You may be scoffing at them now, wondering what sort of vain and dorky person wants to put their phone on a Bluetooth-enabled rod to snap pictures, but the moment you’ve got one in your hands, you understand.
This is the participation trophy generation. This is the generation of the unpaid internship. We came of age on AOL Instant Messenger and Facebook, amid rampant ADHD diagnoses. Our legacy begins as the overly educated and the highly medicated and can be experienced or dismissed by our "oversharing."
Easy enough to categorize as entitled and cynical, in 20 years, this generation will comprise almost 50% of the electorate. So…get used to it? These distinguishing factors, the "special snowflake syndrome" and the addiction to technology, our need to share so much of our lives - our ideas, our photos, our tax dollars and what we ate for lunch - provide a blueprint for things to come.
It's for this reason that when I hear bands griping about fans uploading cell phone pictures and grainy videos from live shows (under the guise of some high brow born nostalgia when really all any monetarily successful artist wants to do is protect his/her image and therefore paycheck) all I can think is, "Meh…you're old."
In recent years, many performing artists have urged fans to forgo their cell phones during the course of a live show. The ways in which performers broach the issue vary from Louis CK's opening of 2011's "Live at the Beacon" in which he addressed the crowd with, "Don’t text or twitter during the show. Just live your life. Don’t keep telling people what you’re doing. Also it lights up your big, dumb face," to The Lumineers stopping halfway through their song "Ho Hey" at a show in Brixton this year to request that the audience "put away cameras and recording devices, and just be human with us for awhile."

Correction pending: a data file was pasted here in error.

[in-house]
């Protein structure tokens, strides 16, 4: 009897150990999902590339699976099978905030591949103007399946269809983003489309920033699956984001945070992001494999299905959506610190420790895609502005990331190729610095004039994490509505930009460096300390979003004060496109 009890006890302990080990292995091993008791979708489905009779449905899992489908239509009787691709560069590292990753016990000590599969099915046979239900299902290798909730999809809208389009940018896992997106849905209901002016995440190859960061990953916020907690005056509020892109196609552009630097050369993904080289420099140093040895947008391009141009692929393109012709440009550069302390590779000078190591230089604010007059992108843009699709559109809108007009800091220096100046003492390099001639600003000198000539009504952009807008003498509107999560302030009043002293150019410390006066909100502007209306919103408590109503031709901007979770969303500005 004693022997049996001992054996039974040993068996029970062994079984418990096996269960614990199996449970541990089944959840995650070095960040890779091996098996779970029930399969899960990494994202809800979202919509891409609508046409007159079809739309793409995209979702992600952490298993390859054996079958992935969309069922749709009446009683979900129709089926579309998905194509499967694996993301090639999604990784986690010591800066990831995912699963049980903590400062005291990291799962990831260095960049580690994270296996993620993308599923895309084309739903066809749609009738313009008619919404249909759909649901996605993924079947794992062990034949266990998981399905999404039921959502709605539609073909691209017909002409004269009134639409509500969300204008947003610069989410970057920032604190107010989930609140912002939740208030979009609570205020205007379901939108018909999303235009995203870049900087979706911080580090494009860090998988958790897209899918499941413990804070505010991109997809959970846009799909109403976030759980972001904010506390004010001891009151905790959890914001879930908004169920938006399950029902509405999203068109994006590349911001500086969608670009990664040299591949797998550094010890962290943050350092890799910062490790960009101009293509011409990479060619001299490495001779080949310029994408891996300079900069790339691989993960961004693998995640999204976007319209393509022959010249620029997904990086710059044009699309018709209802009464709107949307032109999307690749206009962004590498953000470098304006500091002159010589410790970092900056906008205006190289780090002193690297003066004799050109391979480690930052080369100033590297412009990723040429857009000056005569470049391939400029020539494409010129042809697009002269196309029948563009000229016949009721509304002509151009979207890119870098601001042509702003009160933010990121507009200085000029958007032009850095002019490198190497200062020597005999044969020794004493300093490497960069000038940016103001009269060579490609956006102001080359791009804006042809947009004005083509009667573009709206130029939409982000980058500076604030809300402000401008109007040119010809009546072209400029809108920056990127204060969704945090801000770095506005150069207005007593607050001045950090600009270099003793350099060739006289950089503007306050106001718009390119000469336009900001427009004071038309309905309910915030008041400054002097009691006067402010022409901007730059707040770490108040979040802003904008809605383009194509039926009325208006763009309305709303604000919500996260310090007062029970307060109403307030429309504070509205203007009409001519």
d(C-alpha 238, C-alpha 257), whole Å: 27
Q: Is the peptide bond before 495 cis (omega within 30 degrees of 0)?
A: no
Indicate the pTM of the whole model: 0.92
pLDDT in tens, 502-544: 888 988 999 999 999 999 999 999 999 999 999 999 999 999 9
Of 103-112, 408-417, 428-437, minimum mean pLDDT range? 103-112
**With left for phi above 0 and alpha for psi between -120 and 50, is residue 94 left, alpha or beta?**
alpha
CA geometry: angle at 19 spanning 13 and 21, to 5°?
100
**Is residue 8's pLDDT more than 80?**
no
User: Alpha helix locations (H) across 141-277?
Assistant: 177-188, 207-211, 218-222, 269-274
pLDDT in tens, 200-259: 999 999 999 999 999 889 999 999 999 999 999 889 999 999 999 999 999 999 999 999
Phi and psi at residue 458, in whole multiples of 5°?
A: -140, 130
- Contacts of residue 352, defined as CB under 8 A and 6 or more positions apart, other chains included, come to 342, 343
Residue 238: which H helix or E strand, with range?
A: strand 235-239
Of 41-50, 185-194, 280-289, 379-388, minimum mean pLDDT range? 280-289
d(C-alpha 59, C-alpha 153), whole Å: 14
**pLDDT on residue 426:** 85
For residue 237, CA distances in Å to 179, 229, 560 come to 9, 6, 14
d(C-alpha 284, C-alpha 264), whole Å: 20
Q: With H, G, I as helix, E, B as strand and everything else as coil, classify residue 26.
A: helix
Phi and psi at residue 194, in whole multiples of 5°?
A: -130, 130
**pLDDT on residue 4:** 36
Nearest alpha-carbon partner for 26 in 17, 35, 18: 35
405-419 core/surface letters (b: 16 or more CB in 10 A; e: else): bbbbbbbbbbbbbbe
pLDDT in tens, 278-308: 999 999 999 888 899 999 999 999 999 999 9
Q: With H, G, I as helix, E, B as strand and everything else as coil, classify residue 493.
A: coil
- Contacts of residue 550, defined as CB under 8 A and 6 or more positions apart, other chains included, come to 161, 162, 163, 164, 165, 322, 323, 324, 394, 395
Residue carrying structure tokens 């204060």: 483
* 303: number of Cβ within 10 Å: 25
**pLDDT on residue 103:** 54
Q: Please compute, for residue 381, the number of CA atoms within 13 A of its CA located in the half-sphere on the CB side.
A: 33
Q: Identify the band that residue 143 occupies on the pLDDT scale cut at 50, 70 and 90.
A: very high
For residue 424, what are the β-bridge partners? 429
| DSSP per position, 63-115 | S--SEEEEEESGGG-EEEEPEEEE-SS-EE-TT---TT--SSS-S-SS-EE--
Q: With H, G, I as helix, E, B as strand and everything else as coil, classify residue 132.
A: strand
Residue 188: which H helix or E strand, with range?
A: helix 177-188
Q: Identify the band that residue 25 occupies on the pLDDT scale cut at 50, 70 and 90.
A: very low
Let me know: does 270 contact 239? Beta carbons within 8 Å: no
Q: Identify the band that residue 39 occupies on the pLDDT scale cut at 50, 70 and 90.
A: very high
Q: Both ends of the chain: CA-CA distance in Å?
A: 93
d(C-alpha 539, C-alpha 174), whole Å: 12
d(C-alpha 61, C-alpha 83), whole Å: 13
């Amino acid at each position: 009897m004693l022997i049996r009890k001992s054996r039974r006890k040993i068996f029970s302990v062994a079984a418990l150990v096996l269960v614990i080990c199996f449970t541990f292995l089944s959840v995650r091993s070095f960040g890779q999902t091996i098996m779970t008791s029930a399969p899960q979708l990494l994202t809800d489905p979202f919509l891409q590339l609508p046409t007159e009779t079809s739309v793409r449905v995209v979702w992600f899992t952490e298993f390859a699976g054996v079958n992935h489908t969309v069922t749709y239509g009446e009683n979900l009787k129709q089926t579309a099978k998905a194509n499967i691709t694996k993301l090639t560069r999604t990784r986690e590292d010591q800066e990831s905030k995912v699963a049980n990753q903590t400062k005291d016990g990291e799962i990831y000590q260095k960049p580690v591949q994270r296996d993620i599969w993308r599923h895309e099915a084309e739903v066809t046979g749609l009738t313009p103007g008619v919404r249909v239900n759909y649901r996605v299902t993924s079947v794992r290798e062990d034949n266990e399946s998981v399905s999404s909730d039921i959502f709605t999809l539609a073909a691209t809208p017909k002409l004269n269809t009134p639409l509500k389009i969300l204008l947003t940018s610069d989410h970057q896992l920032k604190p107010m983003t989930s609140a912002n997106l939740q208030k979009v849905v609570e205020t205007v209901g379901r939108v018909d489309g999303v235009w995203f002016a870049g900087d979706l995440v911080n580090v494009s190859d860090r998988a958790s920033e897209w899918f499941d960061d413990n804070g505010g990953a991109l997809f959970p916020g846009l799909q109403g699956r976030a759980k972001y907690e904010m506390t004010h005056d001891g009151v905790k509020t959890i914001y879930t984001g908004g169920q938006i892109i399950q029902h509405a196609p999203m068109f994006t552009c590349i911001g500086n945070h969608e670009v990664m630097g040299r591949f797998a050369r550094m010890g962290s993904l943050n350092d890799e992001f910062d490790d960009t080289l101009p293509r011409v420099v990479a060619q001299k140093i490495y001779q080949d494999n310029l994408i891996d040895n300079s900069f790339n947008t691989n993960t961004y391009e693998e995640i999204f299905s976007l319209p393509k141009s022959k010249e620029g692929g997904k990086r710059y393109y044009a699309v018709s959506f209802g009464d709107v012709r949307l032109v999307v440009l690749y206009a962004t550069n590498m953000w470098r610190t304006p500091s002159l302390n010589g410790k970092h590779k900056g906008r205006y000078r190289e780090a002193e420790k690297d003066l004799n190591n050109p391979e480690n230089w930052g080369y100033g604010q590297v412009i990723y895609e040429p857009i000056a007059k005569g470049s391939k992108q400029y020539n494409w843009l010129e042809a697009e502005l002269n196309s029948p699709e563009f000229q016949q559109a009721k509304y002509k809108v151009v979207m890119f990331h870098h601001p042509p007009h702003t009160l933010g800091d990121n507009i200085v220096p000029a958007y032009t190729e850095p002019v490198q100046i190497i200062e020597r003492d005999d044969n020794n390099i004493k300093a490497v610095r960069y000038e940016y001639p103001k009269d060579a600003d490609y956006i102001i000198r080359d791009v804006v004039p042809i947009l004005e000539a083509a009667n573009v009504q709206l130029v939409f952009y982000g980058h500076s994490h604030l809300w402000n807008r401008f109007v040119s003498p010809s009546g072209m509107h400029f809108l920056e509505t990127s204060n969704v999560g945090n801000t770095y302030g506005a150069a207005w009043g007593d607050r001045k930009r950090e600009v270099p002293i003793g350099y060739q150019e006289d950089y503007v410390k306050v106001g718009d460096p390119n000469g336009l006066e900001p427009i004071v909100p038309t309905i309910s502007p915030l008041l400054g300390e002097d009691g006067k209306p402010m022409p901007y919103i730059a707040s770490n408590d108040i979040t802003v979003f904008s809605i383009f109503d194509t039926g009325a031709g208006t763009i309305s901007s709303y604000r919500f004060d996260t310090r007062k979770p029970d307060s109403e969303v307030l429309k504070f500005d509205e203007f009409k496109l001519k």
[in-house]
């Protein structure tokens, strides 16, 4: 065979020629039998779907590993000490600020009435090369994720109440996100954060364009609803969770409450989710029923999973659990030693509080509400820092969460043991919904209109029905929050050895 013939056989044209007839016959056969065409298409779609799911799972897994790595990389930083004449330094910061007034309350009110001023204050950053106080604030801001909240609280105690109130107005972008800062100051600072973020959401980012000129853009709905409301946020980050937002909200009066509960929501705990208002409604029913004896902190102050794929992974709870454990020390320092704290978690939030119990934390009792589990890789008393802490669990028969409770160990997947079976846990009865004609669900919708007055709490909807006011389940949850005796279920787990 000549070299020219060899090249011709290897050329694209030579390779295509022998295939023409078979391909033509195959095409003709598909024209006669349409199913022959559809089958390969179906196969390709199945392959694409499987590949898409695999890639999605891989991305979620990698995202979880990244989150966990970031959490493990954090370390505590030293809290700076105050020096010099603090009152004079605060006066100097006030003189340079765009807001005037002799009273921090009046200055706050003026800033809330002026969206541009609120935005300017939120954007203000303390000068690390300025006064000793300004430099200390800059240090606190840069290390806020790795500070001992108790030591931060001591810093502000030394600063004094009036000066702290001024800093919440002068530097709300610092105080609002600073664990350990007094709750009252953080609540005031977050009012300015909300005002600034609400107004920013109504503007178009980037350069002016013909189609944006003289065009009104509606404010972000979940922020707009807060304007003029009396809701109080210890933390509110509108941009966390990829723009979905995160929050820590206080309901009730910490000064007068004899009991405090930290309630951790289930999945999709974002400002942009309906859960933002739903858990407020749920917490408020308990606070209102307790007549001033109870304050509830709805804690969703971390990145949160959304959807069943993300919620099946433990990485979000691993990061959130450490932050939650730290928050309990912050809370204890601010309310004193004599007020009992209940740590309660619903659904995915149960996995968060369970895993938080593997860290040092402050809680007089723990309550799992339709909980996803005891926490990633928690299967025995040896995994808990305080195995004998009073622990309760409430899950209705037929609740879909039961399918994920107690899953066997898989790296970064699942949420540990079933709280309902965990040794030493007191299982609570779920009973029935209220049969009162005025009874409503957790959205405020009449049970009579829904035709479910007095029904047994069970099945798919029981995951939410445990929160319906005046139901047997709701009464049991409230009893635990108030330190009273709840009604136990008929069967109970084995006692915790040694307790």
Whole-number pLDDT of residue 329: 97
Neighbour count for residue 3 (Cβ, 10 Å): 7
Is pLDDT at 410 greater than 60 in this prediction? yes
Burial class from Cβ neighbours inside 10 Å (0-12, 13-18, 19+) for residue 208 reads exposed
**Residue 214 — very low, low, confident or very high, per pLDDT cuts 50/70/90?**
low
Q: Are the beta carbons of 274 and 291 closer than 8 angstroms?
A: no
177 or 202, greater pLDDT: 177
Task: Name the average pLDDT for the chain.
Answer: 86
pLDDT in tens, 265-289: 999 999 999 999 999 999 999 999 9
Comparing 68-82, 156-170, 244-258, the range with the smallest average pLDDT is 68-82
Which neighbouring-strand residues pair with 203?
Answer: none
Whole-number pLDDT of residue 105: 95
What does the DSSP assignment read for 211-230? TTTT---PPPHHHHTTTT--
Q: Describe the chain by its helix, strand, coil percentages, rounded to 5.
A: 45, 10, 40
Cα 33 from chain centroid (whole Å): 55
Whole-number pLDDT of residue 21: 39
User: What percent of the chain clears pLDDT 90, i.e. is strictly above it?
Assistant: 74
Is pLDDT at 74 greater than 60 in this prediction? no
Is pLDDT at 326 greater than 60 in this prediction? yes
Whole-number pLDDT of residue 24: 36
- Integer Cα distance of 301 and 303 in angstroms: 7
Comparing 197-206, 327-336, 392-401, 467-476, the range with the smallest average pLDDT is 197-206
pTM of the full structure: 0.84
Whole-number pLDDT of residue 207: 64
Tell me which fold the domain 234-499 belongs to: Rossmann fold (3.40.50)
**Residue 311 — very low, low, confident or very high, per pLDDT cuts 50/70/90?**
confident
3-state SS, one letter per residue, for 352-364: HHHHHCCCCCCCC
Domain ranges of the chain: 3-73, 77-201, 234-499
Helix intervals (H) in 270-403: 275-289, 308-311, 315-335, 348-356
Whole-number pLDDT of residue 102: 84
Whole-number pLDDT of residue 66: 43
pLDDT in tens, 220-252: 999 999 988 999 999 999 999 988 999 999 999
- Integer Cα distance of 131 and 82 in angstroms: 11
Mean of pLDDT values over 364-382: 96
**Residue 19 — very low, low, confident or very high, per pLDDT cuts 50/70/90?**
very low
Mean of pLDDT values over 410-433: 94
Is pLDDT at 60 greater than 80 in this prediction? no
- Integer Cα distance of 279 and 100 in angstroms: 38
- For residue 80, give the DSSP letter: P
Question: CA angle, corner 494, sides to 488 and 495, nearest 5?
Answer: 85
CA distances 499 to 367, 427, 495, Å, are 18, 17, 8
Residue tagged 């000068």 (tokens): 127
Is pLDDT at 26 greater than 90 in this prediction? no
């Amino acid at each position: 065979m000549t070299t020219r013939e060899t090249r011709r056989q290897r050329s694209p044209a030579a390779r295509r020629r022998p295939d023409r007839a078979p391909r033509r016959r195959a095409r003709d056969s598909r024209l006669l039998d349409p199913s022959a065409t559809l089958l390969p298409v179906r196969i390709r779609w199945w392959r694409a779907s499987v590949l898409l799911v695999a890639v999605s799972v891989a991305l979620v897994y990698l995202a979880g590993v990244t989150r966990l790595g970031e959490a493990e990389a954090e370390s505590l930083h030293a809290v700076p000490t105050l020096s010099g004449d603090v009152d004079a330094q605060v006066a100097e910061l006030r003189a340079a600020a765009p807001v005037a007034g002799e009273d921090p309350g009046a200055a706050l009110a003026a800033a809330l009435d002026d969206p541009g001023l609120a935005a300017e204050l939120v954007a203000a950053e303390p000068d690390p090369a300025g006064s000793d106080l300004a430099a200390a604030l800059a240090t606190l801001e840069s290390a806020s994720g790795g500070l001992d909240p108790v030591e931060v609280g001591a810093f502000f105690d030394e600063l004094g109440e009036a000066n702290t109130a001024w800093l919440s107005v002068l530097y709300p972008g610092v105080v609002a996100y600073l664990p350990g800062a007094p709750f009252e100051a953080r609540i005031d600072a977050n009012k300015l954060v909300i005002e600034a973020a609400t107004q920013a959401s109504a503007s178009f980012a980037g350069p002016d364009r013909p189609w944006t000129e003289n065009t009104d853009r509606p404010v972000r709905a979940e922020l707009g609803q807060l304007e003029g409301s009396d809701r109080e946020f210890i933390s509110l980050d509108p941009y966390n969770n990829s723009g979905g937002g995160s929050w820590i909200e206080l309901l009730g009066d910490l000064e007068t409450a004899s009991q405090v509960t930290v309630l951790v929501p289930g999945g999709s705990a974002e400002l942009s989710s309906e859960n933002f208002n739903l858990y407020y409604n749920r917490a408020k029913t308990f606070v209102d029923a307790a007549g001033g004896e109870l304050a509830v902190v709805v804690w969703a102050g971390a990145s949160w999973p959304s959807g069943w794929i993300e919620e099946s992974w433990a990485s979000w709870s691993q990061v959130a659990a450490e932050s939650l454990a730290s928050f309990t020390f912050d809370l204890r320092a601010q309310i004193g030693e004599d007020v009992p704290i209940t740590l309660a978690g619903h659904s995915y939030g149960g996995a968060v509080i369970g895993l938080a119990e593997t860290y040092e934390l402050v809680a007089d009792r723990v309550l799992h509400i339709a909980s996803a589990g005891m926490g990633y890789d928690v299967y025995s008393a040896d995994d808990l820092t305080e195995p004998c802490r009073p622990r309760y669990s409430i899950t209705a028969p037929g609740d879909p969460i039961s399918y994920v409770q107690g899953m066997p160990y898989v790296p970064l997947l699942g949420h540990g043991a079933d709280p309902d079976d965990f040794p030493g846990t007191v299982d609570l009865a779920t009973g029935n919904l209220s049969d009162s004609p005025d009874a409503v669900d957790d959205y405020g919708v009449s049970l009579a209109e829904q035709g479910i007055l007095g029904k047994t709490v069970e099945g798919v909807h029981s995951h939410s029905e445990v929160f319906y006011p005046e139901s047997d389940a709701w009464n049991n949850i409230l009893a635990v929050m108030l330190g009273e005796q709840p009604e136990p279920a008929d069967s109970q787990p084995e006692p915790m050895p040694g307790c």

The Yeah Yeah Yeahs sparked a sensation over the internet this April after posting signs at their show at New York's Webster Hall bemoaning cell phone usage as distracting to the band as well as other fans, and many bands, including The Savages, have followed suit.
It is absolutely within the rights of artists and proprietors to set up regulations for the experience they are attempting to create. These requests are in line with "No Shoes, No Shirt, No Service" signs in restaurant windows, and the only decent response, if you wish to enjoy the food and atmosphere, is to comply.
But alt-rock bands and incendiary comedians, performing to a fan base comprised largely of the very demographic that made social media what it is - A FORCE TO BE RECKONED WITH, is not only short-sighted but condescending. It's the epicureal equivalent of opening a restaurant with a dress code policy on the Huntington Pier or Venice Boardwalk. In fact, most eateries lining these populist beaches bear kitschy signs like, "No Shoes, No Shirt, No Problem!!" because they know their audience. If they wanted closed-toe-shoes-and-button-ups sorts, they would have opened up shop in Martha's Vineyard or the Hamptons.
So while I respect fundamentally an artist's prerogative to voice his desires about the way his art is experienced and shared, I am of the staunch opinion that these are divisive and stupid desires.
My opinion is not the popular one if internet comments are any indication. It seems a large part of the Yeah Yeah Yeahs' fan base at least (as it is the instance that has garnered the most media attention) stands by the band's assessment that "[Enjoying] the show through a screen" is a bad thing. Part of the argument is that people standing in front of you at a live show (or sitting and having the camera "light up your big, dumb face") is distracting to others.